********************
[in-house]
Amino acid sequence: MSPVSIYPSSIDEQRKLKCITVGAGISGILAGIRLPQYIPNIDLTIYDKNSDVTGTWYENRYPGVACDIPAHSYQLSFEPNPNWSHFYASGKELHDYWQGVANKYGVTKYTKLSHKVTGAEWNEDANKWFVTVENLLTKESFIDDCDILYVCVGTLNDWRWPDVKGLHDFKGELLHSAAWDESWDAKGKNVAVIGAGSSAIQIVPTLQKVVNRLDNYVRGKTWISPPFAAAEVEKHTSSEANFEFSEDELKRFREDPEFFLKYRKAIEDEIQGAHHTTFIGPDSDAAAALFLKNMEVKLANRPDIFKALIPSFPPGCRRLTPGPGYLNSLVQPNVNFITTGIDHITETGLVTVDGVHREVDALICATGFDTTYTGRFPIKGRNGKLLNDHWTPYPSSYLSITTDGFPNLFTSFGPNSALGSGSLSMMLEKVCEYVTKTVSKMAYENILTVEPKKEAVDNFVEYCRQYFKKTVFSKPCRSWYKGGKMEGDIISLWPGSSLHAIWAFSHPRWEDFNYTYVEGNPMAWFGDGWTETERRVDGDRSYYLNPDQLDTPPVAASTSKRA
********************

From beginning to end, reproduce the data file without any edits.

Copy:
[in-house]
Amino acid sequence: MSPVSIYPSSIDEQRKLKCITVGAGISGILAGIRLPQYIPNIDLTIYDKNSDVTGTWYENRYPGVACDIPAHSYQLSFEPNPNWSHFYASGKELHDYWQGVANKYGVTKYTKLSHKVTGAEWNEDANKWFVTVENLLTKESFIDDCDILYVCVGTLNDWRWPDVKGLHDFKGELLHSAAWDESWDAKGKNVAVIGAGSSAIQIVPTLQKVVNRLDNYVRGKTWISPPFAAAEVEKHTSSEANFEFSEDELKRFREDPEFFLKYRKAIEDEIQGAHHTTFIGPDSDAAAALFLKNMEVKLANRPDIFKALIPSFPPGCRRLTPGPGYLNSLVQPNVNFITTGIDHITETGLVTVDGVHREVDALICATGFDTTYTGRFPIKGRNGKLLNDHWTPYPSSYLSITTDGFPNLFTSFGPNSALGSGSLSMMLEKVCEYVTKTVSKMAYENILTVEPKKEAVDNFVEYCRQYFKKTVFSKPCRSWYKGGKMEGDIISLWPGSSLHAIWAFSHPRWEDFNYTYVEGNPMAWFGDGWTETERRVDGDRSYYLNPDQLDTPPVAASTSKRA